3 MIN. DE LECTURA
* Nikkei down 4.1 pct for the week
* Toshiba tumbles on bigger-than-expected loss
* Yamaha soars 18 pct after raising forecast, dividend, announcing share buyback
By Ayai Tomisawa
TOKYO, Feb 5 (Reuters) - Japan's Nikkei share average fell for a fourth day on Friday and was on track for a weekly loss as investors are worried that a stronger yen could squeeze exporters' earnings, hurting automakers like Toyota and Honda in particular.
The Nikkei dropped 1.5 percent to 16,794.30 points in midmorning trade, after hitting an early low as 16,729.51, the lowest level since Jan. 26. For the week, the benchmark index has declined 4.1 percent.
The dollar traded at 116.89 yen, up slightly from overnight trade but not far from Thursday's two-week low of 116.525 yen. Investors braced for U.S. employment figures later in the day which might provide clues on the timing of the Federal Reserve's next move to tighten policy.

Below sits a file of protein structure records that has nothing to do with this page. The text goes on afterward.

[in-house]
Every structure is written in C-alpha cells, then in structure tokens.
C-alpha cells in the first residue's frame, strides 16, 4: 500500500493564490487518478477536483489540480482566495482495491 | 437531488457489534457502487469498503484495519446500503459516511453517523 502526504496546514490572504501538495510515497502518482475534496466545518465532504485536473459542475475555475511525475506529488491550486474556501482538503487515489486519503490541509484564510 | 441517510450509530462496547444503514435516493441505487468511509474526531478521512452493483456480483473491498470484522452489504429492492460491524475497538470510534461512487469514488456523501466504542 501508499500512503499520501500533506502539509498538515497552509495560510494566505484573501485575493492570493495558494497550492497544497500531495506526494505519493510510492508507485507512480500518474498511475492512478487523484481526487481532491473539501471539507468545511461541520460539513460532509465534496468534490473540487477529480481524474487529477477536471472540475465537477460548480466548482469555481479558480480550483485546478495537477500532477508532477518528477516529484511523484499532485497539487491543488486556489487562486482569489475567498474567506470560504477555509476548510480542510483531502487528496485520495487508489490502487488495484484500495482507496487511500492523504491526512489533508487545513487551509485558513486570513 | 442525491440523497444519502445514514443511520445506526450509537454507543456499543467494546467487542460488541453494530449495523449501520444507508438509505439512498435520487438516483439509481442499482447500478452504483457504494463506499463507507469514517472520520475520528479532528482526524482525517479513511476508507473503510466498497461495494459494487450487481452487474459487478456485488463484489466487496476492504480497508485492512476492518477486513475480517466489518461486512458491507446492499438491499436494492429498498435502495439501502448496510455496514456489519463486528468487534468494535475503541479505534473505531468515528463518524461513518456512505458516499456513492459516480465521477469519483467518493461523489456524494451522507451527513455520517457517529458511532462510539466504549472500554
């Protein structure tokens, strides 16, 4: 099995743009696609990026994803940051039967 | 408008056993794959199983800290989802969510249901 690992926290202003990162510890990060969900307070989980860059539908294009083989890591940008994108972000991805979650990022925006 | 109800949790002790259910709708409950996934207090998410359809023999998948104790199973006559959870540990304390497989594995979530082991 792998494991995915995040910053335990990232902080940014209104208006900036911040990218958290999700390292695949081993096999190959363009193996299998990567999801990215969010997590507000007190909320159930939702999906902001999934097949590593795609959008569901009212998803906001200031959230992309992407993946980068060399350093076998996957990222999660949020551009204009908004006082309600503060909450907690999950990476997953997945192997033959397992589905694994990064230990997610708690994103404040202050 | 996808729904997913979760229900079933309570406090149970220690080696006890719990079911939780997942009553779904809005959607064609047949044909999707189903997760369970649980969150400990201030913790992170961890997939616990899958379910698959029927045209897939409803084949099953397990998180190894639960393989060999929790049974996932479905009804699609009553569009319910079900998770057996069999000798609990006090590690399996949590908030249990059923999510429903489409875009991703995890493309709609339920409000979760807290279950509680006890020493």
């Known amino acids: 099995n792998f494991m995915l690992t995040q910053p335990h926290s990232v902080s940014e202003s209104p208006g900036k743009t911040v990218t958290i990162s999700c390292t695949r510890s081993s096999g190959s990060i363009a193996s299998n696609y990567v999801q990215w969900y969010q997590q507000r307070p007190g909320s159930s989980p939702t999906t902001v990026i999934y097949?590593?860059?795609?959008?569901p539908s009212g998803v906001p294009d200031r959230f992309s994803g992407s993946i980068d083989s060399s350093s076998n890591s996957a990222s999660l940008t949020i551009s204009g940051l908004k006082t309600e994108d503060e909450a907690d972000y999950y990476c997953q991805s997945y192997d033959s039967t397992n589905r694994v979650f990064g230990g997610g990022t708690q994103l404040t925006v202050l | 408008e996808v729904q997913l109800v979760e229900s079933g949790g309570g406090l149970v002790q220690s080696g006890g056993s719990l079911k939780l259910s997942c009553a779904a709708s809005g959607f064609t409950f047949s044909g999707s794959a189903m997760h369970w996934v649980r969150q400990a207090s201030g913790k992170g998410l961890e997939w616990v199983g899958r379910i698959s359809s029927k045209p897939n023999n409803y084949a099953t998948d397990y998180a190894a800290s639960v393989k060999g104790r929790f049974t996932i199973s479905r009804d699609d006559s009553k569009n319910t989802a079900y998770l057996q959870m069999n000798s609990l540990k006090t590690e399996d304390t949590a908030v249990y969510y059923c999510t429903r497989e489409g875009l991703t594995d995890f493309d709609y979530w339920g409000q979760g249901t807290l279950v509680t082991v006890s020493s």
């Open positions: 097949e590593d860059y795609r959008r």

Toyota Motor Corp dropped 2.3 percent, Honda Motor Co shed 3.1 percent and Nissan Motor Co declined 4.0 percent.
"The biggest concern for the Japanese market now is whether the dollar will weaken against the yen further," said Yutaka Miura, a senior technical analyst at Mizuho Securities. "You don't know how U.S. stocks will perform after the jobs data release, so most investors are nervous."
The number of Americans filing for unemployment benefits rose more than expected last week, suggesting some loss of momentum in the labor market amid a sharp economic slowdown and stock market selloff.
Toshiba Corp dived 13 percent after it said it expects a bigger full-year loss than previously anticipated, amid mounting restructuring costs after a $1.3 billion accounting scandal.
Outperforming the market was Nikon Corp, which soared 8 percent after its net profit for the April-Dec period rose 28 percent. Following the announcement, Nomura Securities raised its rating to 'buy' from 'neutral.'
Yamaha Corp surged 18 percent after the company raised an operating profit forecast to 41 billion yen from 37 billion yen for the year through March. It also said it would buy back up to 900 million shares, or 4.6 percent of its shares outstanding, which is worth up to 20 billion yen. The company also raised year-end dividend payouts.
The broader Topix dropped 1.3 percent to 1,370.32 and the JPX-Nikkei Index 400 shed 1.3 percent to 12,366.64. (Editing by Simon Cameron-Moore)